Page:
Should deputyship costs be allowed as an expense?
Local Government Ombudsman considers whether deputyship costs should be allowed as an expense in residential social care means testing.
In its recently published decision on a complaint against Norfolk County Council,[i] the Ombudsman has found that the council’s reasons for refusing to make an allowance against income for the adult’s professional deputyship costs and expectation that she pay these from her residual capital, were unsound.
The complaint in this case was made by the adult’s professional deputy.
The protected party was living in residential care. The local authority allowed her the usual personal expenses allowance (PEA) of £24.90 against her income.
The solicitor complained to the council that it should include the costs of her professional deputyship. It was noted that this was hardship rule case as her assets were below £16,000. Therefore, her fees would be restricted. Her actual assets were stated to be below £4500.
The matter was referred to the council’s complex care panel. The panel decided not to allow the fees. It considered that the deputy should not be in place at all and that it was appropriate for the adult to have an appointee dealing with her benefits instead. It resolved to make a complaint to OPG that the deputy had not a sought to relinquish the deputyship.
The OPG rejected this complaint stating that there was no obligation upon a deputy to relinquish a deputyship subject to hardship rules and that the fees charged by the deputy were in line with guidance. It appears that the council subsequently argued that having a deputy was a personal choice of the adult.
The Ombudsman rejected the council’s reasoning for refusing to raise the PEA and recommended that the council look at the issue again.
It found that it was for the Court of Protection, not the Ombudsman or the Council, to decide whether it is necessary or appropriate for the solicitors to continue as Ms X’s deputy. The OPG had rejected previous representations made by the council. The council had not raised further objections. The solicitor’s role as deputy was necessary given the Court of Protection’s decision, and the deputyship fees were line with those authorised. The Council’s decision making for not including Ms X’s deputy fees as a personal expense was therefore flawed.
The Ombudsman did not make a recommendation that the council should allow the deputyship fees but instead required it to revisit the decision. In taking this approach, the remedy obtained was similar to a quashing order obtained in the High Court. The difference is that Ombudsman decisions are not enforceable against a council.
The Ombudsman held that deputyship costs were to be considered as a matter for the adjustment of the personal expenses allowance and not as an item of disability related expenditure.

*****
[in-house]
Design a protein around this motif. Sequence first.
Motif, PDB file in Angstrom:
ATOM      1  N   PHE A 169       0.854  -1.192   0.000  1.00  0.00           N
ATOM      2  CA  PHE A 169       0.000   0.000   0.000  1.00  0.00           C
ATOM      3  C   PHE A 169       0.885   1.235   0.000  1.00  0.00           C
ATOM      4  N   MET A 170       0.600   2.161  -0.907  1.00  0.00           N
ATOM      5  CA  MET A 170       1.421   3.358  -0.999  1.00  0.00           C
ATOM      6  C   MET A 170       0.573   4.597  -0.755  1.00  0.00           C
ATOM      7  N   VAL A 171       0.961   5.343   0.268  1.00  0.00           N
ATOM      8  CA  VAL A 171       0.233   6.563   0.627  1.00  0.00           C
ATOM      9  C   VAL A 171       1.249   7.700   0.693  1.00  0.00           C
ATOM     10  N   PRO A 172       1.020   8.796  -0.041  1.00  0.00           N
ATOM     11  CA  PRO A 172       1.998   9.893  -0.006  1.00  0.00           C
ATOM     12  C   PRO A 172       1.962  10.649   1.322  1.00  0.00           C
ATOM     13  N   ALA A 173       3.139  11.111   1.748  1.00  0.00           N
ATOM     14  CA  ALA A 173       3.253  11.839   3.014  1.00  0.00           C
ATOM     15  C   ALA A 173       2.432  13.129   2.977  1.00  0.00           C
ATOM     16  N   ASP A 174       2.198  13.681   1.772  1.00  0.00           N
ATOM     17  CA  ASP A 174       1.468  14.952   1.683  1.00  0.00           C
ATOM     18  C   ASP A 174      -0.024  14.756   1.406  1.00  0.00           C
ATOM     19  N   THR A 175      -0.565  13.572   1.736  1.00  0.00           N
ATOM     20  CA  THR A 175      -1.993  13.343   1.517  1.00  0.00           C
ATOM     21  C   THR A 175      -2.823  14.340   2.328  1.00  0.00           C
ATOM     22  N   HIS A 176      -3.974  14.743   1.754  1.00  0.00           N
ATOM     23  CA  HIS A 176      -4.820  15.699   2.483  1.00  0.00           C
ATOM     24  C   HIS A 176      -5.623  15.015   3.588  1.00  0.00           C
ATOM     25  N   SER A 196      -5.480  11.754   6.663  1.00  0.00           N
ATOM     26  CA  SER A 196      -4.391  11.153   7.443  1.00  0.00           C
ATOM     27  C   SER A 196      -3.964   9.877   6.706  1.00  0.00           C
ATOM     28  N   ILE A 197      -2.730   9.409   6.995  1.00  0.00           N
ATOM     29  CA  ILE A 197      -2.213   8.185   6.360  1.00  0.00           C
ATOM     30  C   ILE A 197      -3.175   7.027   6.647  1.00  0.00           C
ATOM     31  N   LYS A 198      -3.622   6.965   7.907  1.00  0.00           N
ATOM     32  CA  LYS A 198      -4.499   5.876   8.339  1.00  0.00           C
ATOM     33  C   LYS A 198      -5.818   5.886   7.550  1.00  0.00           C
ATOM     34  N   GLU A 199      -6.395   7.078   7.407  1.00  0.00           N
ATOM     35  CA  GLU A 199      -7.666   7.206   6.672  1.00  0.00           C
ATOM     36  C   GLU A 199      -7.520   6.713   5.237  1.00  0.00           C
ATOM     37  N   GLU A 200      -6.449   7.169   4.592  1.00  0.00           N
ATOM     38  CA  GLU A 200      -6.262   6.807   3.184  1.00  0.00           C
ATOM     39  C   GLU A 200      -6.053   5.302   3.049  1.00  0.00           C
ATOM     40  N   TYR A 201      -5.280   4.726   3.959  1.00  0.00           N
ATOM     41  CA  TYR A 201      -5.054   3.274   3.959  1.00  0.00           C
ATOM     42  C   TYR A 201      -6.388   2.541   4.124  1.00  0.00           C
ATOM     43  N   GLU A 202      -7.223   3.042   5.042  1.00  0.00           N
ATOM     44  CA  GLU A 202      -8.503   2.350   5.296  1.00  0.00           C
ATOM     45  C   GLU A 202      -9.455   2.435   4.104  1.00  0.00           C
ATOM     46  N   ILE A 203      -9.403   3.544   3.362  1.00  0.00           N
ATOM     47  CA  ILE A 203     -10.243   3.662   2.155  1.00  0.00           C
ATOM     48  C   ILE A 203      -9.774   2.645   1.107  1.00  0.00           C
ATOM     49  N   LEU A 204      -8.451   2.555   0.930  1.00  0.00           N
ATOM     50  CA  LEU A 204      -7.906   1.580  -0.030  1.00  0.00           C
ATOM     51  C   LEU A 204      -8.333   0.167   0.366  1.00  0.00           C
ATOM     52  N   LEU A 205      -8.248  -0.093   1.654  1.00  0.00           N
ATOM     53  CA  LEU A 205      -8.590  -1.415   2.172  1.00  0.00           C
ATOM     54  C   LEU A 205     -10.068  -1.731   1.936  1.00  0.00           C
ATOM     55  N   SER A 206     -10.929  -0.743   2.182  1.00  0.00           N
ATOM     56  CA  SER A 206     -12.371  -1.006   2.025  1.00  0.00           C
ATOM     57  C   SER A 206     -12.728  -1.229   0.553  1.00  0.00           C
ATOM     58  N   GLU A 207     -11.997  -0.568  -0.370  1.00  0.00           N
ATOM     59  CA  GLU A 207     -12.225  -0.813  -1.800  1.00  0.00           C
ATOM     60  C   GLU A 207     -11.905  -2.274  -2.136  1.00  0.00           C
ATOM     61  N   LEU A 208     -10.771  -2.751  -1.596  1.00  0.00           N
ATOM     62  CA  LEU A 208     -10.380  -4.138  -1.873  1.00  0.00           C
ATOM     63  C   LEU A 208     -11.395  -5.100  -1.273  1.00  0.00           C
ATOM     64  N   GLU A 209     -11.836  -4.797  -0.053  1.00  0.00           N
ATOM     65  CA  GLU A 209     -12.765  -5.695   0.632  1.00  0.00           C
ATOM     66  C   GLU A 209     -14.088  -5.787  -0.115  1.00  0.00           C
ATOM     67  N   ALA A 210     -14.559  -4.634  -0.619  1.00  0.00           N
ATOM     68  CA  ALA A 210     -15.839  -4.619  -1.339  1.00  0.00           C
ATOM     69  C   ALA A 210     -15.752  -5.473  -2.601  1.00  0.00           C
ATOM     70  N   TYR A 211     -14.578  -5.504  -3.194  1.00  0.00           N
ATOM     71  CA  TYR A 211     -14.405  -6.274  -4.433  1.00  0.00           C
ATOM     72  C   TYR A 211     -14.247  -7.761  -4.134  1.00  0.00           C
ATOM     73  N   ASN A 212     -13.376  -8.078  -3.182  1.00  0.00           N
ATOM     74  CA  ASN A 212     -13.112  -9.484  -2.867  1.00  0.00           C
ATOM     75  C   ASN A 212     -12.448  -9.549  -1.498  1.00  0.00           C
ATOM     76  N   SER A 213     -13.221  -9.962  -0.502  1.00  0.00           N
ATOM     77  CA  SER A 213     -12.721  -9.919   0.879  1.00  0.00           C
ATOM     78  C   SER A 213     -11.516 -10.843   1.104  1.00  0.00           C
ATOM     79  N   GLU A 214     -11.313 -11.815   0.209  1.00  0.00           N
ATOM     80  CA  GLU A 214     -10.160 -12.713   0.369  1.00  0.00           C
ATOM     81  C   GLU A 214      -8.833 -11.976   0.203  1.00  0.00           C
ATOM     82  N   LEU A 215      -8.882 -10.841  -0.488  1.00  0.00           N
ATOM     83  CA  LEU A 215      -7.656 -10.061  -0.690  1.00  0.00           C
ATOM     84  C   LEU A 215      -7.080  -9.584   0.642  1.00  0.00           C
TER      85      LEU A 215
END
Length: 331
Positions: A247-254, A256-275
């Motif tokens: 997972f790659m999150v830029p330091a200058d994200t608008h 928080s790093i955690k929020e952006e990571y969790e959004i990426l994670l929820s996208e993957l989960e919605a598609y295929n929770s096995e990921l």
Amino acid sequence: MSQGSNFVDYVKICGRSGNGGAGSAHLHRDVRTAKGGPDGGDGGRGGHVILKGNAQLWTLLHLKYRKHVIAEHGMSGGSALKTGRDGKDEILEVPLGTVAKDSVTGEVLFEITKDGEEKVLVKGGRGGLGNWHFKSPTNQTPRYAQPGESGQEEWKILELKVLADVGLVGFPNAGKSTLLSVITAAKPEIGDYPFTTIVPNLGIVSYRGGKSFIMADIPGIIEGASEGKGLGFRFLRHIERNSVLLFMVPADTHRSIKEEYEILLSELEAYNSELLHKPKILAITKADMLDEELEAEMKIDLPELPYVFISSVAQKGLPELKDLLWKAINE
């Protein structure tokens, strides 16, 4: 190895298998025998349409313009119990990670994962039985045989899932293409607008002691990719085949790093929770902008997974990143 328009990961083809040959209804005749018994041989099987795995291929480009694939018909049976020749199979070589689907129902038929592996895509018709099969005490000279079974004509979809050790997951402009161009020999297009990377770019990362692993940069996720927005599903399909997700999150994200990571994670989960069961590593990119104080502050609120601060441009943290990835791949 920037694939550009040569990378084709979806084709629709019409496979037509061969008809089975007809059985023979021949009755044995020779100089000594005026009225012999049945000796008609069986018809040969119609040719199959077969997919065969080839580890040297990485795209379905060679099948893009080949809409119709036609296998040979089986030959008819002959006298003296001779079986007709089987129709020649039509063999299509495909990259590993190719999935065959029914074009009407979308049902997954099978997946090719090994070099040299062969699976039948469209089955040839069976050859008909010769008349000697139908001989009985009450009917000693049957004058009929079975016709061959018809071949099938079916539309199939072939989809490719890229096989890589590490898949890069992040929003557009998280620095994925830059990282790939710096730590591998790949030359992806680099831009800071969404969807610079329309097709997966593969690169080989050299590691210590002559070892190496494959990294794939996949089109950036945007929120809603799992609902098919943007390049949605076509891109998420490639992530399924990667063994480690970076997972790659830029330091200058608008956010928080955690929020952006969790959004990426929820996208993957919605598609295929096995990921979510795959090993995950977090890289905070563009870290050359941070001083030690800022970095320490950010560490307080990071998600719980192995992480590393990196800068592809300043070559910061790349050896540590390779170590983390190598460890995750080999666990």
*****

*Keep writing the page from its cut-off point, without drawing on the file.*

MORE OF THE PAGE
The decision noted that “the guidance says professional deputy fees are usually paid out of the person’s own finances or savings.” I have not been able to find any such reference in the Care & Support Statutory Guidance. If any reader has a reference for this guidance, I can be contacted at the e-mail below.
The statutory guidance does comment on the PEA as follows:
8.35 People in a care home will contribute most of their income, excluding their earnings, towards the cost of their care and support. However, a local authority must leave the person with a specified amount of their own income so that the person has money to spend on personal items such as clothes and other items that are not part of their care. This is known as the personal expenses allowance (PEA). This is in addition to any income the person receives from earnings. Ministers have the power to adjust the PEA. Any changes are communicated by Local Authority Circular and are binding. Local authorities have discretion to apply a higher income allowance in individual cases, for example where the person needs to contribute towards the cost of maintaining their former home.
Annex C paragraph 46 comments further on adjustments to the PEA stating that: “There may be some circumstances where it would not be appropriate for the local authority to leave a person only with the personal expenses allowance after charges” and goes on to give examples but these do not include deputyship costs.
The lesson of this case for deputies is that they should seek an allowance for their costs where their client is in residential care and local authority funded. If this is refused, the council’s reasoning should be carefully scrutinised.
 Case reference 19 012 829. Decision date 29 July 2020
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